New delays mean Tuscon streetcars might not run until 2014

Those hoping to board Tuscon streetcars for the first time next fall may have to wait up to eight additional months before riding the new line.

The company hired to build the city’s streetcars continues to experience production delays. Some city officials are now saying it’s possible the opening day for the line could get pushed back from October 2013 to late spring or early summer of 2014.

As recently as last month, city officials thought Tucson’s first streetcar would begin testing on tracks in Oregon on Dec. 26 and be delivered here sometime in February. However, expectations changed after a visit to the United Streetcar plant about two weeks ago.

“They have been plagued by production issues,” said Tucson’s Sun Link co-manager, Andrew Quigley, who was on the trip to the plant in Oregon. “And I think they have been unrealistic with their timelines.” Quigley said changes to the Portland, Ore., streetcars that the plant is also producing and other factors have him predicting Tucson’s first vehicle likely won’t start testing until the end of February.

United Streetcar “has allocated staff to the Portland vehicles due to continued design modifications,” Quigley wrote in a memo. “This has resulted in their inability to put sufficient labor on our vehicles to meet their schedule.”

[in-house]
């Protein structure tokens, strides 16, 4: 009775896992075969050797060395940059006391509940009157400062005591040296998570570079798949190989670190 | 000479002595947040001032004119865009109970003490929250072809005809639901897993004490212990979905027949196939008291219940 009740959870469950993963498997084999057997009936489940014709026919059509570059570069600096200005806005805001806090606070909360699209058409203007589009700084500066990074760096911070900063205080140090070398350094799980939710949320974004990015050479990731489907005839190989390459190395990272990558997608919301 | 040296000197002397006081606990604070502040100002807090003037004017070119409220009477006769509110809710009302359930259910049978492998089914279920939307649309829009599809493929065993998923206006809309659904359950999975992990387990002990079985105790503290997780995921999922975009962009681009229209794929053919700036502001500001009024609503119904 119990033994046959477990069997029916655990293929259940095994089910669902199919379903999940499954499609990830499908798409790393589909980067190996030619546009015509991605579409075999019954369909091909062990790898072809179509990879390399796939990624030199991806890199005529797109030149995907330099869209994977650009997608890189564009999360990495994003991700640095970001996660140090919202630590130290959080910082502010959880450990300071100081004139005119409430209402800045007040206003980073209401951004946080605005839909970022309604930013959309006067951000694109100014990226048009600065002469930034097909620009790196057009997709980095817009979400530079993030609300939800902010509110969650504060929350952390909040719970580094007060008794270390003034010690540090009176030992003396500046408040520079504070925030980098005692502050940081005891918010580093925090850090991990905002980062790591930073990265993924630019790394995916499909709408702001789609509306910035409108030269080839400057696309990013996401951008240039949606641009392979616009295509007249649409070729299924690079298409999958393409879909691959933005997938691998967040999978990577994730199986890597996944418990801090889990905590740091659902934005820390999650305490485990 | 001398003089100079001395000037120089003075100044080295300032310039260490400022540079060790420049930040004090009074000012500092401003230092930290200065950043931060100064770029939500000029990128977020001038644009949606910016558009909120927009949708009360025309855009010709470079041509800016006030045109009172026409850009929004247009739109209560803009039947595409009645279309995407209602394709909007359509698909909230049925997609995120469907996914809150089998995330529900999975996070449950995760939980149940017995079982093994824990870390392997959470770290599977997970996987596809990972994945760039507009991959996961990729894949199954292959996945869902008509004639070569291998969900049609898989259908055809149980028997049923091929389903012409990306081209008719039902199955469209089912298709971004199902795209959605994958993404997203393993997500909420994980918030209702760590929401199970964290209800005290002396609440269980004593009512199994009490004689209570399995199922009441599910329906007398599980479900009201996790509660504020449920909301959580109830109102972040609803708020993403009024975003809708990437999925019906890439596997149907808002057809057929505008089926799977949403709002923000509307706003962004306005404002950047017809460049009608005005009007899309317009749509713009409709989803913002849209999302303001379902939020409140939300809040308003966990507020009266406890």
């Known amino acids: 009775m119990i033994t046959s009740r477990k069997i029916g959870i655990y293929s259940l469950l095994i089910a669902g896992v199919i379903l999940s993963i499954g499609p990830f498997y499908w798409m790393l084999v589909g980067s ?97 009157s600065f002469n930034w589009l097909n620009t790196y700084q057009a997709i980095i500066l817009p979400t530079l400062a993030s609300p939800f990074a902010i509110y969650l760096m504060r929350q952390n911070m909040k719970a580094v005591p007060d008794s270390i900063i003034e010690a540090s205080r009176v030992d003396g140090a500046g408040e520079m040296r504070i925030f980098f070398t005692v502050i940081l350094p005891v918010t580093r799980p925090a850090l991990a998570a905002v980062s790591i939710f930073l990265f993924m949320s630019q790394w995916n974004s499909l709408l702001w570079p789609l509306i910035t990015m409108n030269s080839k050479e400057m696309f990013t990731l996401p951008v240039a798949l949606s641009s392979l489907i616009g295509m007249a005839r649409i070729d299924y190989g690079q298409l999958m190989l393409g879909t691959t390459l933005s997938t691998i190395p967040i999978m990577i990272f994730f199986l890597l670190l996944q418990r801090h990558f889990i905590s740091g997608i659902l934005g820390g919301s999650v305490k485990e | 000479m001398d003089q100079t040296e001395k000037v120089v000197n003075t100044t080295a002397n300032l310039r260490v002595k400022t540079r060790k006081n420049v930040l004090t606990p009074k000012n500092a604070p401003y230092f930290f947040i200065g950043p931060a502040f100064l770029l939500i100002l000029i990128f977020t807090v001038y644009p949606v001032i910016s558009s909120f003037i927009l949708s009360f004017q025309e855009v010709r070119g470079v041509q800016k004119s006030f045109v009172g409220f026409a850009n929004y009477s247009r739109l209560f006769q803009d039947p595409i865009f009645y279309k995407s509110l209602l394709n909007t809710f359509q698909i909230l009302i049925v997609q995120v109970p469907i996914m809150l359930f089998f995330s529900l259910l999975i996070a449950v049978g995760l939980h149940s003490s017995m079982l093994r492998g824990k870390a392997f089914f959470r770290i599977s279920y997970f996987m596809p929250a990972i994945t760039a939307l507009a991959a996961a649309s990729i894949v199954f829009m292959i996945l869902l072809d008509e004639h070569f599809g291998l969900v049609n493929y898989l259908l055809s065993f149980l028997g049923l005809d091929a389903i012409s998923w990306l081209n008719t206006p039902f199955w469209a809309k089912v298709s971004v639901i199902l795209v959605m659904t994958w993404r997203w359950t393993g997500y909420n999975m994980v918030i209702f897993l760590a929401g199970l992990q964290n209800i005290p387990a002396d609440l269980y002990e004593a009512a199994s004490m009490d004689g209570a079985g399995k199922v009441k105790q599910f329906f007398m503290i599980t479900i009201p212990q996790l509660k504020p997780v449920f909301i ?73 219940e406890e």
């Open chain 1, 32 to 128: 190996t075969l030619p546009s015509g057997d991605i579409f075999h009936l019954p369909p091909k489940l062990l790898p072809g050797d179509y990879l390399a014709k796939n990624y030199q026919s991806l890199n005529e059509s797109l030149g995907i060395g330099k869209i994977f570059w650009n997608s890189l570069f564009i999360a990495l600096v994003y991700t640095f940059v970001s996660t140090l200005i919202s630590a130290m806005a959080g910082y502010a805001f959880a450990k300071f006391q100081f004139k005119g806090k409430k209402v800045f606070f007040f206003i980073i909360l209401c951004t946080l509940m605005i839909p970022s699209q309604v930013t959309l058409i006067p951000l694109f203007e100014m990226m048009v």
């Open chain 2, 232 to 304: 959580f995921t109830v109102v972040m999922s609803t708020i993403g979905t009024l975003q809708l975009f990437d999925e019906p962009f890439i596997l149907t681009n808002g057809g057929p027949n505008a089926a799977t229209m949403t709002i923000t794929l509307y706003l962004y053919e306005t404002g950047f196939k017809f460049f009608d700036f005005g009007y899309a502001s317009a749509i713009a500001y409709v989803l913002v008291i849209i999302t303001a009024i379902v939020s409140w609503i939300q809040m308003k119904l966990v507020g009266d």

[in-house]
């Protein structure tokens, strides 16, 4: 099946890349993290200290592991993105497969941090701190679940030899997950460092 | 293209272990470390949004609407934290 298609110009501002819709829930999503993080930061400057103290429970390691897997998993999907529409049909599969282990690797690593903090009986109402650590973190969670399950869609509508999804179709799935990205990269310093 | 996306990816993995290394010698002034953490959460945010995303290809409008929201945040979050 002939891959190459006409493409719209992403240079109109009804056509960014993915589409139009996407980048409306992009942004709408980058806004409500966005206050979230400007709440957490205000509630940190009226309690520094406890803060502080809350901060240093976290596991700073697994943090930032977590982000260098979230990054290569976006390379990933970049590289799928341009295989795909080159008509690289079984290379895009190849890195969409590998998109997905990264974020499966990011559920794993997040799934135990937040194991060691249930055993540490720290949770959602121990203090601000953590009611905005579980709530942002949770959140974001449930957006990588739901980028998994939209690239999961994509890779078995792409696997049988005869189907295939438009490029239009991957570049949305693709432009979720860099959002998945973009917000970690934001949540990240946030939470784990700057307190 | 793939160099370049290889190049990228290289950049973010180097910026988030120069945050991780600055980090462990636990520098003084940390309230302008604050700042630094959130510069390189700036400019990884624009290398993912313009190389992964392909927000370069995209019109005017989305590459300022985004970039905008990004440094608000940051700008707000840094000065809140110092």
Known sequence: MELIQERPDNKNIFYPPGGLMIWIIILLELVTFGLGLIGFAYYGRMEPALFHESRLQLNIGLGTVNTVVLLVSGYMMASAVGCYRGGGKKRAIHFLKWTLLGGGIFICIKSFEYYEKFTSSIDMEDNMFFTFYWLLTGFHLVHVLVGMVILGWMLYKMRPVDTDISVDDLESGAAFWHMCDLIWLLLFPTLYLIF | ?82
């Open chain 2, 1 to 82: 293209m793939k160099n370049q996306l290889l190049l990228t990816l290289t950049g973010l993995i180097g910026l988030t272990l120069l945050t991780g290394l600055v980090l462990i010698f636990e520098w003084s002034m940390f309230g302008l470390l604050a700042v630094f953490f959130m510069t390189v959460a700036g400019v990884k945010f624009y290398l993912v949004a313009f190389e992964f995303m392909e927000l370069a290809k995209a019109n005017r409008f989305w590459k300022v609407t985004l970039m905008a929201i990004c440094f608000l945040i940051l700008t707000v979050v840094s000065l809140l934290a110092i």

Based on this, Quigley anticipates the city’s first car won’t be delivered until mid- to late April. If this occurs, United Streetcar will have missed the end of March contractual deadline to deliver the first vehicle.

At that time, it will be up to the city’s Procurement Department to determine if it wants to start assessing damages of $250 a day for the first 90 days and $1,200 a day thereafter, Quigley said. United Streetcar President Chandra Brown was out of the country and could not be reached for comment.

Even after it arrives, the car still needs to undergo rigorous testing on Tucson’s tracks before being approved for service. “We have lots of testing before meeting our certification requirements,” Quigley said. For a frame of reference, it took Portland about four months to complete testing of the prototype it received from United Streetcar before putting the car into service on its tracks.

In addition, Quigley said, while one vehicle is an adequate start, the city’s new system can’t be tested thoroughly until the second vehicle is delivered. The second vehicle “tells you what your demands for power are and how to safely operate the system.”

Quigley estimates the second car could arrive in May or June. The other six cars would be delivered sometime after that. Even though delays are becoming commonplace, Quigley still believes United Streetcar will overcome these issues and deliver in the end. “They are going to have a quality streetcar, and they are going to make this right,” he said.

He said safety and reliability should be the city’s top priority, and it shouldn’t rush just to make a deadline, which is part of the reason Quigley is mentioning a potential delay in opening the line. Quigley will return to Oregon next month for another update.


Source : azstarnet

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